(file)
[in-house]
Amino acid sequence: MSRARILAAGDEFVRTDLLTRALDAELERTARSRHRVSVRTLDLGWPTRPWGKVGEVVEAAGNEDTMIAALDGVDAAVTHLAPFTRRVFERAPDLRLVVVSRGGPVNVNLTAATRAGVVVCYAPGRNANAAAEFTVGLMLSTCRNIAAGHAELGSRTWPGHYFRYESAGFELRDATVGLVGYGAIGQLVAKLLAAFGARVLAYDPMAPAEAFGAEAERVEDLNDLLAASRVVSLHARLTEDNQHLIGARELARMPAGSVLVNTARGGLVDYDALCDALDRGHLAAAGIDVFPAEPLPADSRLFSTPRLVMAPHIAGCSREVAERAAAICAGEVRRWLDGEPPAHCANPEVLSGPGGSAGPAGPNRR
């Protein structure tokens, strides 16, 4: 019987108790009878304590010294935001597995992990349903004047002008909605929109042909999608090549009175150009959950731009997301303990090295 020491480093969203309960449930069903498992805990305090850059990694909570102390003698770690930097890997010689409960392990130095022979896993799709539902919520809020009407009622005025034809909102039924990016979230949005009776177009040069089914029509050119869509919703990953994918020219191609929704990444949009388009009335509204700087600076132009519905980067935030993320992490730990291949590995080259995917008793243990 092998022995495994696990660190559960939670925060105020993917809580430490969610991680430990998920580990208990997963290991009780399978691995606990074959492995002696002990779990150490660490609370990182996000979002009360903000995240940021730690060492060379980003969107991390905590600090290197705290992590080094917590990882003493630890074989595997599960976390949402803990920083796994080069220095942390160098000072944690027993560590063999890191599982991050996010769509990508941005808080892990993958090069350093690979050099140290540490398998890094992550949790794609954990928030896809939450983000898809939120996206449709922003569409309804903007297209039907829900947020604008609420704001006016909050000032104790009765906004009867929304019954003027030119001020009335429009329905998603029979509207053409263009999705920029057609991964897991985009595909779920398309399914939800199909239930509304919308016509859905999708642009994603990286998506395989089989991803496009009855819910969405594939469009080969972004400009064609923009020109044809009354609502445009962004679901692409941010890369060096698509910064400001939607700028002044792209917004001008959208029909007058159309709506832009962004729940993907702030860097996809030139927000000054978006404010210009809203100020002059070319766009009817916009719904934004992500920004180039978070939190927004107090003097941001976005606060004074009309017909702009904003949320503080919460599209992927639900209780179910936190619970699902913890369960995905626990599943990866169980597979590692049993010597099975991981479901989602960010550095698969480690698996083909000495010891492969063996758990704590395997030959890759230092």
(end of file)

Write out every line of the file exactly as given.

[in-house]
Amino acid sequence: MSRARILAAGDEFVRTDLLTRALDAELERTARSRHRVSVRTLDLGWPTRPWGKVGEVVEAAGNEDTMIAALDGVDAAVTHLAPFTRRVFERAPDLRLVVVSRGGPVNVNLTAATRAGVVVCYAPGRNANAAAEFTVGLMLSTCRNIAAGHAELGSRTWPGHYFRYESAGFELRDATVGLVGYGAIGQLVAKLLAAFGARVLAYDPMAPAEAFGAEAERVEDLNDLLAASRVVSLHARLTEDNQHLIGARELARMPAGSVLVNTARGGLVDYDALCDALDRGHLAAAGIDVFPAEPLPADSRLFSTPRLVMAPHIAGCSREVAERAAAICAGEVRRWLDGEPPAHCANPEVLSGPGGSAGPAGPNRR
């Protein structure tokens, strides 16, 4: 019987108790009878304590010294935001597995992990349903004047002008909605929109042909999608090549009175150009959950731009997301303990090295 020491480093969203309960449930069903498992805990305090850059990694909570102390003698770690930097890997010689409960392990130095022979896993799709539902919520809020009407009622005025034809909102039924990016979230949005009776177009040069089914029509050119869509919703990953994918020219191609929704990444949009388009009335509204700087600076132009519905980067935030993320992490730990291949590995080259995917008793243990 092998022995495994696990660190559960939670925060105020993917809580430490969610991680430990998920580990208990997963290991009780399978691995606990074959492995002696002990779990150490660490609370990182996000979002009360903000995240940021730690060492060379980003969107991390905590600090290197705290992590080094917590990882003493630890074989595997599960976390949402803990920083796994080069220095942390160098000072944690027993560590063999890191599982991050996010769509990508941005808080892990993958090069350093690979050099140290540490398998890094992550949790794609954990928030896809939450983000898809939120996206449709922003569409309804903007297209039907829900947020604008609420704001006016909050000032104790009765906004009867929304019954003027030119001020009335429009329905998603029979509207053409263009999705920029057609991964897991985009595909779920398309399914939800199909239930509304919308016509859905999708642009994603990286998506395989089989991803496009009855819910969405594939469009080969972004400009064609923009020109044809009354609502445009962004679901692409941010890369060096698509910064400001939607700028002044792209917004001008959208029909007058159309709506832009962004729940993907702030860097996809030139927000000054978006404010210009809203100020002059070319766009009817916009719904934004992500920004180039978070939190927004107090003097941001976005606060004074009309017909702009904003949320503080919460599209992927639900209780179910936190619970699902913890369960995905626990599943990866169980597979590692049993010597099975991981479901989602960010550095698969480690698996083909000495010891492969063996758990704590395997030959890759230092």